- $19.95 for up to $5,000
- $24.95 for $5,001 to $10,000
- $29.95 for $10,001 to $28,000
- 0.11% of the money you spend over $28,000
Imagine you buy $500 worth of WBC (Westpac Banking Corporation, the owner of St.George). Each share is $31 which means you will end up with around 16 shares.
You will pay a fee of $19.95 for the purchase of these shares and when worked out as a percentage of the initial $500 (using the Savings Guide percentage calculator) – it comes to around 4%.
That means the shares need to go up by 4% in order to cover the $19.95 fee otherwise you are out of pocket. So the share price needs to go from $31 to $32.24 an increase of $1.24 (or 4%).
So what is the tip here? Factor in the fees when buying shares. Often the more shares you buy, the better economies of scale you can achieve, in turn alleviating the impact of fees on your share price.
Understand what dollar cost averaging means
Dollar cost averaging is the concept that when you buy multiple packages of shares, over a longer term, it helps you even out the whole ‘buy price’ as the shares will go up and down over that time.
So for instance, you may buy shares when they are cheap, you may buy some more when they are expensive, you may buy some on a whim with a tax return – the concept is that buying shares regularly and distributed over a number of months or years, the average buy price will even out, in turn making those ‘expensive’ moments less upsetting and the cheaper moments more ‘average’.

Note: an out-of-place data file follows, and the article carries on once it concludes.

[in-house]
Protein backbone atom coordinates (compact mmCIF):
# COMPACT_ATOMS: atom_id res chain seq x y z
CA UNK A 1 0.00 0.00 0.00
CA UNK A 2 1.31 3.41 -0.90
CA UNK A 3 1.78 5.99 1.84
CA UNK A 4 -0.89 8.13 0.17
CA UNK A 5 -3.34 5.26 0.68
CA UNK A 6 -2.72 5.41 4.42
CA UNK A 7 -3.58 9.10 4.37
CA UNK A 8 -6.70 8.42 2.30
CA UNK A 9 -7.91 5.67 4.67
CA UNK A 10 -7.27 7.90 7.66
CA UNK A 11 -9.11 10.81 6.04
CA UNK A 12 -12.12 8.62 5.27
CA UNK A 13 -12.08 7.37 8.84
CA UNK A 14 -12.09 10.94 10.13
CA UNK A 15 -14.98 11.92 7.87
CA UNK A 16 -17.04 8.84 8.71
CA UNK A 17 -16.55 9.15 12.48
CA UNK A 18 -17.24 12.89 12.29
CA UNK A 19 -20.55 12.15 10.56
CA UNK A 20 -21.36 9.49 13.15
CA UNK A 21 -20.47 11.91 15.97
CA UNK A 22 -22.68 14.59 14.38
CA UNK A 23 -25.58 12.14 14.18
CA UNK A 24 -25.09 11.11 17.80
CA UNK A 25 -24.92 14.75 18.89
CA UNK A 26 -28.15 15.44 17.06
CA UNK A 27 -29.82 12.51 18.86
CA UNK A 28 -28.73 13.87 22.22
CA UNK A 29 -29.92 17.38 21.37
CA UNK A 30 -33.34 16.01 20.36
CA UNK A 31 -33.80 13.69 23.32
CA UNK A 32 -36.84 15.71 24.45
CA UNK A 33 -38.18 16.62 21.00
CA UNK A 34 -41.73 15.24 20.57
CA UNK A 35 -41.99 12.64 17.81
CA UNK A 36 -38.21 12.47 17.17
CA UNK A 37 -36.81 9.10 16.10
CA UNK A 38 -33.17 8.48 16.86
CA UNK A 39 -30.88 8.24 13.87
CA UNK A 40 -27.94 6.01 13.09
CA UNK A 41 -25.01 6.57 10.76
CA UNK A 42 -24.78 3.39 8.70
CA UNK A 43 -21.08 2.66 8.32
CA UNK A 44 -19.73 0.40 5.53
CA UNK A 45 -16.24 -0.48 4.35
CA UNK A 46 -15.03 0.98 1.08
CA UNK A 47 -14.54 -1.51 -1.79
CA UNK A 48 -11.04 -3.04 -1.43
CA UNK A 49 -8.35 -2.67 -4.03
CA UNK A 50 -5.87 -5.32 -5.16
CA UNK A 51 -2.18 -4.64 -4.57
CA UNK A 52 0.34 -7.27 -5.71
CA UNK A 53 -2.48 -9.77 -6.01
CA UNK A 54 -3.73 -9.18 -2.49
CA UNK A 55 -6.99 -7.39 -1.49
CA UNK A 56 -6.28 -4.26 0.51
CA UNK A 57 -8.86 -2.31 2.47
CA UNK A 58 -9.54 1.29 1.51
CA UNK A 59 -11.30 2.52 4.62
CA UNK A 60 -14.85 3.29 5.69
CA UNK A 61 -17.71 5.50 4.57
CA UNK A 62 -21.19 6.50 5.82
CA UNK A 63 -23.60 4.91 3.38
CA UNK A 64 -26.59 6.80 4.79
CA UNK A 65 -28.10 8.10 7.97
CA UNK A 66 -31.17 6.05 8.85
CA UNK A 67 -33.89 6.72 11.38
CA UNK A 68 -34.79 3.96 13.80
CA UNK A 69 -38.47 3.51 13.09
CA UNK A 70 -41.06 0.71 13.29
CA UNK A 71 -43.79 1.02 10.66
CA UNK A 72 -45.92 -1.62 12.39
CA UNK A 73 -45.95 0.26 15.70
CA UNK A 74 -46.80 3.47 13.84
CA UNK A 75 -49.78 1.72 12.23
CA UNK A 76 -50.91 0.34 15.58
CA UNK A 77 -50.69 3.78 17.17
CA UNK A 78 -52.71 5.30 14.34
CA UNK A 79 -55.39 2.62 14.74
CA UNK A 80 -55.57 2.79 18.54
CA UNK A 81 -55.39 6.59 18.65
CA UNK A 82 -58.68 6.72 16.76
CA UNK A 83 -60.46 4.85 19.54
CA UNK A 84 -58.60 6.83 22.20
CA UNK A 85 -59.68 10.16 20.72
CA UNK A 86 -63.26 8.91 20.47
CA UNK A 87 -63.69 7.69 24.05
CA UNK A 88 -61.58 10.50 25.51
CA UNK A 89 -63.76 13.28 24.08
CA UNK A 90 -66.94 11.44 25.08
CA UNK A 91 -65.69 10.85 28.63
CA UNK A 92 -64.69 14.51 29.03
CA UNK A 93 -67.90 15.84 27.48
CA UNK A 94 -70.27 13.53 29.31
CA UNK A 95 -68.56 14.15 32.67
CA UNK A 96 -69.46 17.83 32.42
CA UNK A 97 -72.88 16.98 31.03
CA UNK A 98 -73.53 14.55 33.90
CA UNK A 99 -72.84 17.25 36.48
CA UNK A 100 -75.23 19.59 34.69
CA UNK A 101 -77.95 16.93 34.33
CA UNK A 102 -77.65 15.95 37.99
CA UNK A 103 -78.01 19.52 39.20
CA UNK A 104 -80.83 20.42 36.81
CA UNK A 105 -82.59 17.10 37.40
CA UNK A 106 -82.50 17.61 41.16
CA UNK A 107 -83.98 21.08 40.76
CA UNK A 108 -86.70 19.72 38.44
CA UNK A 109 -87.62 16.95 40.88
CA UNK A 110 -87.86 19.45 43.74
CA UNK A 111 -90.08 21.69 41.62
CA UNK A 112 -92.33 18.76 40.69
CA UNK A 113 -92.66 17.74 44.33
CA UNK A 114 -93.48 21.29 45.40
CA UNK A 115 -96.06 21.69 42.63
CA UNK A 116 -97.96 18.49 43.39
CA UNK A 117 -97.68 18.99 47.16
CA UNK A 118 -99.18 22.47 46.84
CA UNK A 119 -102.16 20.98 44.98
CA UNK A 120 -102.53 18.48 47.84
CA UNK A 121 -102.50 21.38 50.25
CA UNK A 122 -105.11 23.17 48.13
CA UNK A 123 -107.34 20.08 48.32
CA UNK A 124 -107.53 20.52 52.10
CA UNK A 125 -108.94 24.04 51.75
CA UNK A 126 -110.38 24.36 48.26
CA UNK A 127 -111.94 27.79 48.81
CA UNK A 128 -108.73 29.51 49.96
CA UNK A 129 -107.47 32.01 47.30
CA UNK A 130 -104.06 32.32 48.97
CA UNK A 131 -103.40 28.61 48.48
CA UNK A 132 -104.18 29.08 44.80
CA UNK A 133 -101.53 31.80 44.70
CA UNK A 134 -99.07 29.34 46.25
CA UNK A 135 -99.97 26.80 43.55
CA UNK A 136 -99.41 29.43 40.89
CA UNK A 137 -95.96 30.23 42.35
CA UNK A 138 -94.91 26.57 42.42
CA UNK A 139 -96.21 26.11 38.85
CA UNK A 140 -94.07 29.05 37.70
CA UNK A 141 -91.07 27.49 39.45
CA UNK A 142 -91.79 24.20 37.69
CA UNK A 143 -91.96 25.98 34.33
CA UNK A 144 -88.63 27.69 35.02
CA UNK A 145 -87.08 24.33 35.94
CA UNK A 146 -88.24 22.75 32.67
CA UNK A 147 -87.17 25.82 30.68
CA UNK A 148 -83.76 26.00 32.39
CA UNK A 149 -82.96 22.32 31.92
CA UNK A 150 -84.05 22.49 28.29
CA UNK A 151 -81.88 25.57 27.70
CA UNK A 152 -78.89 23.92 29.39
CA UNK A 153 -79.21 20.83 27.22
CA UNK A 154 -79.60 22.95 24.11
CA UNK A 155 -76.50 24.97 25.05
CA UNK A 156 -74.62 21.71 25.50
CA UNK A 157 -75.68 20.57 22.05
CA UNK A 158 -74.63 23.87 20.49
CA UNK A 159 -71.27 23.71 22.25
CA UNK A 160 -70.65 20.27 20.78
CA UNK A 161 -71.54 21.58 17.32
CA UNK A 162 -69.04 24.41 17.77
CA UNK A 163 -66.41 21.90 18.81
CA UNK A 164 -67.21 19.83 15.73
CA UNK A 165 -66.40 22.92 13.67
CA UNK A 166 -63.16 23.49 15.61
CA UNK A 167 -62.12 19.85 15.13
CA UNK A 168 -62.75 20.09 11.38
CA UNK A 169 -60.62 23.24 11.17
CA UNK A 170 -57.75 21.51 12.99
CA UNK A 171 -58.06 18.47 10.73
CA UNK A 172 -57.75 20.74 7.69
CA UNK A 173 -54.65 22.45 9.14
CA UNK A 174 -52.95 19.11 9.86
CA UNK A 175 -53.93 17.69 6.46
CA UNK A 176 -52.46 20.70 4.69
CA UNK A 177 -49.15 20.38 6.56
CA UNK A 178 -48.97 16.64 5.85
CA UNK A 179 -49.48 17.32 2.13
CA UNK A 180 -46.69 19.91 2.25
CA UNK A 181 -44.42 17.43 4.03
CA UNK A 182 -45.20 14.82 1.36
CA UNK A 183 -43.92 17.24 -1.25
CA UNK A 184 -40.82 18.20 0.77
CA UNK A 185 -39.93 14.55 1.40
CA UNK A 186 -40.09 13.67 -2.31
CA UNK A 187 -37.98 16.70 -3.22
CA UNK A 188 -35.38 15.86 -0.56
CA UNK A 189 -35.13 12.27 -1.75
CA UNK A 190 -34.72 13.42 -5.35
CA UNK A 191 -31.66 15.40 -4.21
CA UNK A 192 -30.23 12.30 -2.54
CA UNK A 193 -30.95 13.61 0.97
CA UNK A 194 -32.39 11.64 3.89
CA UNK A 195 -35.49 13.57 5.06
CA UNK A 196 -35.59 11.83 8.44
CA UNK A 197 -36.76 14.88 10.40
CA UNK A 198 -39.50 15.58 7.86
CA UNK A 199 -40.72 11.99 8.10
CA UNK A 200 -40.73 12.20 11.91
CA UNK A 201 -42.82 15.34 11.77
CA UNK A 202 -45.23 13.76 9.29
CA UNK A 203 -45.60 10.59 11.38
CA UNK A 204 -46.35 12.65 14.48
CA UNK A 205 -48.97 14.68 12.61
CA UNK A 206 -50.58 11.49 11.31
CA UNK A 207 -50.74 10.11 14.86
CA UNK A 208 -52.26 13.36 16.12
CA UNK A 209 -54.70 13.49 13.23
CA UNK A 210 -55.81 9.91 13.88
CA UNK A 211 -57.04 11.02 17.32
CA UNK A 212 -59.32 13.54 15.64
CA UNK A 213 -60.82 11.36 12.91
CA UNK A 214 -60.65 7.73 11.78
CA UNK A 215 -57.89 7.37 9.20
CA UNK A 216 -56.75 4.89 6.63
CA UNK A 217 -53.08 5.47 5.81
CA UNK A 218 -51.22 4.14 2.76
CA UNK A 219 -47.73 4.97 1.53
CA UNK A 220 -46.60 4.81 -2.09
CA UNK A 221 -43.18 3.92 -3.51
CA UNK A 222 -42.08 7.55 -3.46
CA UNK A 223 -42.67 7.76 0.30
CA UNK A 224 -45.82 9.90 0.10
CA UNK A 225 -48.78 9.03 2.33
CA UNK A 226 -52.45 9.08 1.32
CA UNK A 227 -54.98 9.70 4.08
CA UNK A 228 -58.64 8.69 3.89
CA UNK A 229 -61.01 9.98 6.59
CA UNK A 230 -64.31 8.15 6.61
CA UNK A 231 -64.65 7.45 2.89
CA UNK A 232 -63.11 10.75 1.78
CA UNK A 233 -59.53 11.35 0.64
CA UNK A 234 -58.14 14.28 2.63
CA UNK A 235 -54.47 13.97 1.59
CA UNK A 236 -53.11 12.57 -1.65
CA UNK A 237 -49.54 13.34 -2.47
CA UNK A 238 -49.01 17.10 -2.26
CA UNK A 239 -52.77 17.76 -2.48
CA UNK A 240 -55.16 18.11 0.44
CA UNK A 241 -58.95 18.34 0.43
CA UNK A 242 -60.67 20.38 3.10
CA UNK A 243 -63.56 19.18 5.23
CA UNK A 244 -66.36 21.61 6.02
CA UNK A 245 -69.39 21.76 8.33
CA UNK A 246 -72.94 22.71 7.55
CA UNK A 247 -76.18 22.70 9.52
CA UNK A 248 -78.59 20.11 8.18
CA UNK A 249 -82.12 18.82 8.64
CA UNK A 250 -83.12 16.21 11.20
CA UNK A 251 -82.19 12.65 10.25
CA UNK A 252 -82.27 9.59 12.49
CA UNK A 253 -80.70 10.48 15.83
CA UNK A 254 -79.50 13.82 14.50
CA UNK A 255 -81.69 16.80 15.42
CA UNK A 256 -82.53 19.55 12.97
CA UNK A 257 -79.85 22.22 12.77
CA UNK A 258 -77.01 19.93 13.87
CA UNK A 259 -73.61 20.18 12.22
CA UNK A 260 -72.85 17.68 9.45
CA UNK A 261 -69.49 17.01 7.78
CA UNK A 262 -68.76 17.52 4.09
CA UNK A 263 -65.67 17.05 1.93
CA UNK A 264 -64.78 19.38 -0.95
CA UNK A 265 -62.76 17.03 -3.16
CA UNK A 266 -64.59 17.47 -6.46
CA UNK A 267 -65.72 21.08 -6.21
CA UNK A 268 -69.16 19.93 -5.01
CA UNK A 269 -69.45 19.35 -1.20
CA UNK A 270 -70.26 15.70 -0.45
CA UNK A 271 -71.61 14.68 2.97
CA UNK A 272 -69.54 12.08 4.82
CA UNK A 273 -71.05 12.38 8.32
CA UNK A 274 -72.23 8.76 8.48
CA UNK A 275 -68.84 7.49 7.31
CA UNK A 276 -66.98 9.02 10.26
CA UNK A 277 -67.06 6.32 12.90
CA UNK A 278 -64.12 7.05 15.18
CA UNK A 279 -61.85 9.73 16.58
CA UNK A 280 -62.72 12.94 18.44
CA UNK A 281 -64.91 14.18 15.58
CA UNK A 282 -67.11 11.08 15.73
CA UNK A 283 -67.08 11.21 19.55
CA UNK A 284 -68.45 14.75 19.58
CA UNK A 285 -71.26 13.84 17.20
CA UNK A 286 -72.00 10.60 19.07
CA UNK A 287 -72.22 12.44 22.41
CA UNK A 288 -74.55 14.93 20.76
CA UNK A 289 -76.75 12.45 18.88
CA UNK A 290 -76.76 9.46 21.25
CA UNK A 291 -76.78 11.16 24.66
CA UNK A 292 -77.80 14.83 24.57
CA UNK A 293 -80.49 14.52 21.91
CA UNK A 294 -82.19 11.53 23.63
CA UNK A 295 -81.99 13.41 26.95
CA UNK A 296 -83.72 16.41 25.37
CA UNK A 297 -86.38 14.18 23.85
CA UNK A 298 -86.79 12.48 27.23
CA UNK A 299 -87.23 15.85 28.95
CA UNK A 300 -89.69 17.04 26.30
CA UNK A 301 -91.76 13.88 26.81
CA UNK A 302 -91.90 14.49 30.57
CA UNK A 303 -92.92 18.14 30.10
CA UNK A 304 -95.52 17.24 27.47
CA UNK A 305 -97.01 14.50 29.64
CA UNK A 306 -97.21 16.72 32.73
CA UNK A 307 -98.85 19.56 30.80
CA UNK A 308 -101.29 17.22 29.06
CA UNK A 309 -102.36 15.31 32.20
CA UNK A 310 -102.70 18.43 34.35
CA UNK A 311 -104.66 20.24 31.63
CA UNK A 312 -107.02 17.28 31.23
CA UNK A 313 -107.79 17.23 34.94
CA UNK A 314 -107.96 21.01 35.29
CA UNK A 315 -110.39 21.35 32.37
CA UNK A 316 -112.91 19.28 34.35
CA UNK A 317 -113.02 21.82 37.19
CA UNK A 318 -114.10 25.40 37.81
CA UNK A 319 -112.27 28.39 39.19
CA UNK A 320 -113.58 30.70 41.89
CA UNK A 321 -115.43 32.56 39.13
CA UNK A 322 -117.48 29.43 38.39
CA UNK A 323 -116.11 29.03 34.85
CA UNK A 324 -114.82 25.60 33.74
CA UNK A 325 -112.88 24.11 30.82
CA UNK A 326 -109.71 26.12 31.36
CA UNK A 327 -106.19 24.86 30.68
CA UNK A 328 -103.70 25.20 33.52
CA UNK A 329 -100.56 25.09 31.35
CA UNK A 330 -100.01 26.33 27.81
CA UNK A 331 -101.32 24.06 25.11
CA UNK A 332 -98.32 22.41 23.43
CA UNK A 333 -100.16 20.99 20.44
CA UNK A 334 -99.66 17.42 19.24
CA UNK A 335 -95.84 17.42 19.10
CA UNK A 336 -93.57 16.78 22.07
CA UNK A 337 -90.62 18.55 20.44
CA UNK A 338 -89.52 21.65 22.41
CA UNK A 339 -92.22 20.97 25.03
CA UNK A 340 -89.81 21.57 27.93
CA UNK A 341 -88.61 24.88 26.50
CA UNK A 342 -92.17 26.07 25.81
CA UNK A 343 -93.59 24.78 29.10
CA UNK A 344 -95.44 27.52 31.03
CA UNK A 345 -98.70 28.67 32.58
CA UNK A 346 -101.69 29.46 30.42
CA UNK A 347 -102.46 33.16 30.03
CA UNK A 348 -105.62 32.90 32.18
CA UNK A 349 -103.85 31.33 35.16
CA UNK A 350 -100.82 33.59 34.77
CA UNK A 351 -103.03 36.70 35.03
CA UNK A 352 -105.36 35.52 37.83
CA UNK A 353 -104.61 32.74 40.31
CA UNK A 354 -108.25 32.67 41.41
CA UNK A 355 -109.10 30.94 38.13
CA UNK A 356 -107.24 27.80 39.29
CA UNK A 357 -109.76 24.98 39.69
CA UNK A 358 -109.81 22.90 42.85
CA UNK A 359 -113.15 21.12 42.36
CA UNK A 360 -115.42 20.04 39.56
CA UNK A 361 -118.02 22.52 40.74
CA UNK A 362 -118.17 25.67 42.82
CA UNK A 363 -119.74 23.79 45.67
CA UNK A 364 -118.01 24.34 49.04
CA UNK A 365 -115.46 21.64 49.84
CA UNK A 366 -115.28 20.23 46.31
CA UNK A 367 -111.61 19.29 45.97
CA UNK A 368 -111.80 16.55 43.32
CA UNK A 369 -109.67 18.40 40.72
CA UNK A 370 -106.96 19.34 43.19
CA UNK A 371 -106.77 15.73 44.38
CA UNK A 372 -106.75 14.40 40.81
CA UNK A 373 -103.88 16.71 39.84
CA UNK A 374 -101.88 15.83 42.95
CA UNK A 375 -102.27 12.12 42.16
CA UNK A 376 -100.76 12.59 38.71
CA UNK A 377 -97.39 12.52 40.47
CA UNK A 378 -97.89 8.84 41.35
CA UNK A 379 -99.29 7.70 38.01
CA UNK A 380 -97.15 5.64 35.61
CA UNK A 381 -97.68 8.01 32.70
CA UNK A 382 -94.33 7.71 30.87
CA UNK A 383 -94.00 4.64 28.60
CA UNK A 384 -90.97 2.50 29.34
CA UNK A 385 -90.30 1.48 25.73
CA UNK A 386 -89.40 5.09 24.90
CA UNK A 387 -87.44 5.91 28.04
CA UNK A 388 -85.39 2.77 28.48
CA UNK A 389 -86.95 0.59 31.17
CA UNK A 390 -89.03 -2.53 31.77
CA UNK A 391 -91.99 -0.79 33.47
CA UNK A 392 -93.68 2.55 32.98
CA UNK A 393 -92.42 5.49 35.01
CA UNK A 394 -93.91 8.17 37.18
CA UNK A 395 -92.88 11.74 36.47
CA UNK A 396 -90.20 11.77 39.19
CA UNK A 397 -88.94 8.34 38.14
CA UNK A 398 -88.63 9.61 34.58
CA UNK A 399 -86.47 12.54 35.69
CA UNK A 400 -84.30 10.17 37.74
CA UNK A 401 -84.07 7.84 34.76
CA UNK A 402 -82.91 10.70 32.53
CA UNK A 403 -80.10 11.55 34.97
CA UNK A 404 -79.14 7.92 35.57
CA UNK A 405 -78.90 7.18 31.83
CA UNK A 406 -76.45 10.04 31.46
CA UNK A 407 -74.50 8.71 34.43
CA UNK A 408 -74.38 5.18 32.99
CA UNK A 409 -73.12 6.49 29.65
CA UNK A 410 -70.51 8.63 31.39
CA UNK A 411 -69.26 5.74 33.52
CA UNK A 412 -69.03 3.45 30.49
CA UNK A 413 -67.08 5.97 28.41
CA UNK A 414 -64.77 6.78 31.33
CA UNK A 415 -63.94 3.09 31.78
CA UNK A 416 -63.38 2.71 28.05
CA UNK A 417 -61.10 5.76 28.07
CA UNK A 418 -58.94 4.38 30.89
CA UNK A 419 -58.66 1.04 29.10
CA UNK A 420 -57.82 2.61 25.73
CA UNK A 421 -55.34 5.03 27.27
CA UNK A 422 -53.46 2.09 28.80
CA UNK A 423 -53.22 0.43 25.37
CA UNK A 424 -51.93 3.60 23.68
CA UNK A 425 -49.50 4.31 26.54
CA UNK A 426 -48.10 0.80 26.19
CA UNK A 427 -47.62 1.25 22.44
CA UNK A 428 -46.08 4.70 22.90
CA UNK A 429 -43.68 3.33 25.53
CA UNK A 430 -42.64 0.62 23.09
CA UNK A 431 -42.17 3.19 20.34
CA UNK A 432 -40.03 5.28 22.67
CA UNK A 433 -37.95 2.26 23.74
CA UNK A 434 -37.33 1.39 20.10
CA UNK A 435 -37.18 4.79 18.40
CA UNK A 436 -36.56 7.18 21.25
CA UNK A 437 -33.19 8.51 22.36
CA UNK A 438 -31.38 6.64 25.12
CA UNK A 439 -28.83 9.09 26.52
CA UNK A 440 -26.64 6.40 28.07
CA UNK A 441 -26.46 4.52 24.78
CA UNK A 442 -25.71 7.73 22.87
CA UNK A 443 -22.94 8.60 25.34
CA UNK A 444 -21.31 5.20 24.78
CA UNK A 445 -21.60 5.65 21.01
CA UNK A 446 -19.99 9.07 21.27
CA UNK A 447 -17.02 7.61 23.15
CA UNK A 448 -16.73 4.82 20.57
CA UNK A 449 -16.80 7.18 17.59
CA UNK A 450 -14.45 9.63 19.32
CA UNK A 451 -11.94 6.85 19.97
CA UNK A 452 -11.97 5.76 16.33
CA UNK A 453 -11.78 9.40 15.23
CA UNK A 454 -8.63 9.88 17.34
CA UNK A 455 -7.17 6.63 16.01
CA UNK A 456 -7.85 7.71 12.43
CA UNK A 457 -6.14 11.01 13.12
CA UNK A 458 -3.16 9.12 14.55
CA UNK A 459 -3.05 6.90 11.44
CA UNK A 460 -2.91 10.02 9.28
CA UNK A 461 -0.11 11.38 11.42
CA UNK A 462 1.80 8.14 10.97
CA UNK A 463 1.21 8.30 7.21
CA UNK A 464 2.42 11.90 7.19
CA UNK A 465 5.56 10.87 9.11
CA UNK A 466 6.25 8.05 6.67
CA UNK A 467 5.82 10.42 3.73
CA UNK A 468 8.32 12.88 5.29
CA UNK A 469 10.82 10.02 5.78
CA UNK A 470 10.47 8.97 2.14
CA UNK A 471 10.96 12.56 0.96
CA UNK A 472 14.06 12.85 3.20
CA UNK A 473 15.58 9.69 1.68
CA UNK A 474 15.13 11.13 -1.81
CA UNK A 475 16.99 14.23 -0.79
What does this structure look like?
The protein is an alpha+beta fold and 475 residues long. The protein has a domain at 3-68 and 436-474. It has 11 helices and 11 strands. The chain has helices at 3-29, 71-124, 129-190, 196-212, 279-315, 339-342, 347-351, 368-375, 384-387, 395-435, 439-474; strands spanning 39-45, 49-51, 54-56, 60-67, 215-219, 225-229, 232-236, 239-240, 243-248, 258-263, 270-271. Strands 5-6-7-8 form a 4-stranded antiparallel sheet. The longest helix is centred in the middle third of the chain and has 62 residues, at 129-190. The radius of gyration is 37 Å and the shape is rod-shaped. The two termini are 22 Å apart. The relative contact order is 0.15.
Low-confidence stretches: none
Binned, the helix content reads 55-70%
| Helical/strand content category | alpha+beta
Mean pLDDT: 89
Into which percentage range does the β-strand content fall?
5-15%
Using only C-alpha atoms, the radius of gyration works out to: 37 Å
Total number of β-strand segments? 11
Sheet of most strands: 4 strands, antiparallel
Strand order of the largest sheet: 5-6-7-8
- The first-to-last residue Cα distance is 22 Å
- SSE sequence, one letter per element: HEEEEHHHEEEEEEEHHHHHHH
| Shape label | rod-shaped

This is a great way to look at investing in shares as it alleviates one of the biggest question which is ‘when is it the right time to buy shares?’.
Think long term, not short term
The share market has proven (according to BT Financial Group’s ‘Bigger Picture’ campaign) to do very well for itself over any 10 year period. They say that by investing in shares and riding out the daily bumps, over a 10 year period, you are unlikely to make a loss.
I never believe companies with these statements as their email signatures clearly state “Past performance is not an indicator of future returns” – so remember this instead. Shares are longer term prospects, watching the market daily will drive you insane. The biggest share market tip I was given was to invest in shares for the long term.